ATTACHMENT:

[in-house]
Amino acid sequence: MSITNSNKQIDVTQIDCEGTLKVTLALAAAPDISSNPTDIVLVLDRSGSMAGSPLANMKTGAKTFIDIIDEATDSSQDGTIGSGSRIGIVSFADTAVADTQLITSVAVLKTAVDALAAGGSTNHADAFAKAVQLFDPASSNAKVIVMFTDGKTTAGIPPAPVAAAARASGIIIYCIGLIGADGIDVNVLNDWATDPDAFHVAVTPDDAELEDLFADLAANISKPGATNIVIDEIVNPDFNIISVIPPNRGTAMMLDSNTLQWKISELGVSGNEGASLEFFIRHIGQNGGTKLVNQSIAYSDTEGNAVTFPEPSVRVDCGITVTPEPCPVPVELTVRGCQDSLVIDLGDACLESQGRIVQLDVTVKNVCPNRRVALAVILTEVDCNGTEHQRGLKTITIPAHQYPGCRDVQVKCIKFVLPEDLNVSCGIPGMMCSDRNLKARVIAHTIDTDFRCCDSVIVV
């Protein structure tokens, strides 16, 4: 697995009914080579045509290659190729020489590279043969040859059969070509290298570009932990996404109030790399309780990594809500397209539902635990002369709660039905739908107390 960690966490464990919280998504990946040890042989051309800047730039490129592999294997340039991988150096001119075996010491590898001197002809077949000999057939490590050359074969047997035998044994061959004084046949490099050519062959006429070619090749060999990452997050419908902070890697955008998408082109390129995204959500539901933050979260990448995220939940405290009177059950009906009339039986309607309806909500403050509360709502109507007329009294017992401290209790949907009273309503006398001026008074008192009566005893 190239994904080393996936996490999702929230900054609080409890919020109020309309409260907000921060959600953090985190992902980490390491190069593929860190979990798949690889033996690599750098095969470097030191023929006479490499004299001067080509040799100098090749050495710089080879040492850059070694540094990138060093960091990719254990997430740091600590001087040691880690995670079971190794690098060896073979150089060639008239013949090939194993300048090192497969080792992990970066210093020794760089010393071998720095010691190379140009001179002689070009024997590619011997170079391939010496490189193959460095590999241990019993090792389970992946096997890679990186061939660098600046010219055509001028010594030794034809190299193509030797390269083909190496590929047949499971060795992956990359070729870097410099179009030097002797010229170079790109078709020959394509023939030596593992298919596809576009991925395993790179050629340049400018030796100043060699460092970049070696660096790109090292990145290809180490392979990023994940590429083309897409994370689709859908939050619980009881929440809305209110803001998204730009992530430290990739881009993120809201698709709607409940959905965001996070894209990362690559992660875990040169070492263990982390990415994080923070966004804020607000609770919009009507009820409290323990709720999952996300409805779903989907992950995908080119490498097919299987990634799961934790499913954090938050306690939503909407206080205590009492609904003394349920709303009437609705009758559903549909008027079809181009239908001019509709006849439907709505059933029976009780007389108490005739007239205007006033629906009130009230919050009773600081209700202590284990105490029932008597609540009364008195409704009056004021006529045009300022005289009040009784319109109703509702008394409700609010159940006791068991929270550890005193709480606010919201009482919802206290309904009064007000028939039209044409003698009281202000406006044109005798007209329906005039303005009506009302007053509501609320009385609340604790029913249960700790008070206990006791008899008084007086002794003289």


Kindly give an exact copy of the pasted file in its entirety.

[in-house]
Amino acid sequence: MSITNSNKQIDVTQIDCEGTLKVTLALAAAPDISSNPTDIVLVLDRSGSMAGSPLANMKTGAKTFIDIIDEATDSSQDGTIGSGSRIGIVSFADTAVADTQLITSVAVLKTAVDALAAGGSTNHADAFAKAVQLFDPASSNAKVIVMFTDGKTTAGIPPAPVAAAARASGIIIYCIGLIGADGIDVNVLNDWATDPDAFHVAVTPDDAELEDLFADLAANISKPGATNIVIDEIVNPDFNIISVIPPNRGTAMMLDSNTLQWKISELGVSGNEGASLEFFIRHIGQNGGTKLVNQSIAYSDTEGNAVTFPEPSVRVDCGITVTPEPCPVPVELTVRGCQDSLVIDLGDACLESQGRIVQLDVTVKNVCPNRRVALAVILTEVDCNGTEHQRGLKTITIPAHQYPGCRDVQVKCIKFVLPEDLNVSCGIPGMMCSDRNLKARVIAHTIDTDFRCCDSVIVV
């Protein structure tokens, strides 16, 4: 697995009914080579045509290659190729020489590279043969040859059969070509290298570009932990996404109030790399309780990594809500397209539902635990002369709660039905739908107390 960690966490464990919280998504990946040890042989051309800047730039490129592999294997340039991988150096001119075996010491590898001197002809077949000999057939490590050359074969047997035998044994061959004084046949490099050519062959006429070619090749060999990452997050419908902070890697955008998408082109390129995204959500539901933050979260990448995220939940405290009177059950009906009339039986309607309806909500403050509360709502109507007329009294017992401290209790949907009273309503006398001026008074008192009566005893 190239994904080393996936996490999702929230900054609080409890919020109020309309409260907000921060959600953090985190992902980490390491190069593929860190979990798949690889033996690599750098095969470097030191023929006479490499004299001067080509040799100098090749050495710089080879040492850059070694540094990138060093960091990719254990997430740091600590001087040691880690995670079971190794690098060896073979150089060639008239013949090939194993300048090192497969080792992990970066210093020794760089010393071998720095010691190379140009001179002689070009024997590619011997170079391939010496490189193959460095590999241990019993090792389970992946096997890679990186061939660098600046010219055509001028010594030794034809190299193509030797390269083909190496590929047949499971060795992956990359070729870097410099179009030097002797010229170079790109078709020959394509023939030596593992298919596809576009991925395993790179050629340049400018030796100043060699460092970049070696660096790109090292990145290809180490392979990023994940590429083309897409994370689709859908939050619980009881929440809305209110803001998204730009992530430290990739881009993120809201698709709607409940959905965001996070894209990362690559992660875990040169070492263990982390990415994080923070966004804020607000609770919009009507009820409290323990709720999952996300409805779903989907992950995908080119490498097919299987990634799961934790499913954090938050306690939503909407206080205590009492609904003394349920709303009437609705009758559903549909008027079809181009239908001019509709006849439907709505059933029976009780007389108490005739007239205007006033629906009130009230919050009773600081209700202590284990105490029932008597609540009364008195409704009056004021006529045009300022005289009040009784319109109703509702008394409700609010159940006791068991929270550890005193709480606010919201009482919802206290309904009064007000028939039209044409003698009281202000406006044109005798007209329906005039303005009506009302007053509501609320009385609340604790029913249960700790008070206990006791008899008084007086002794003289």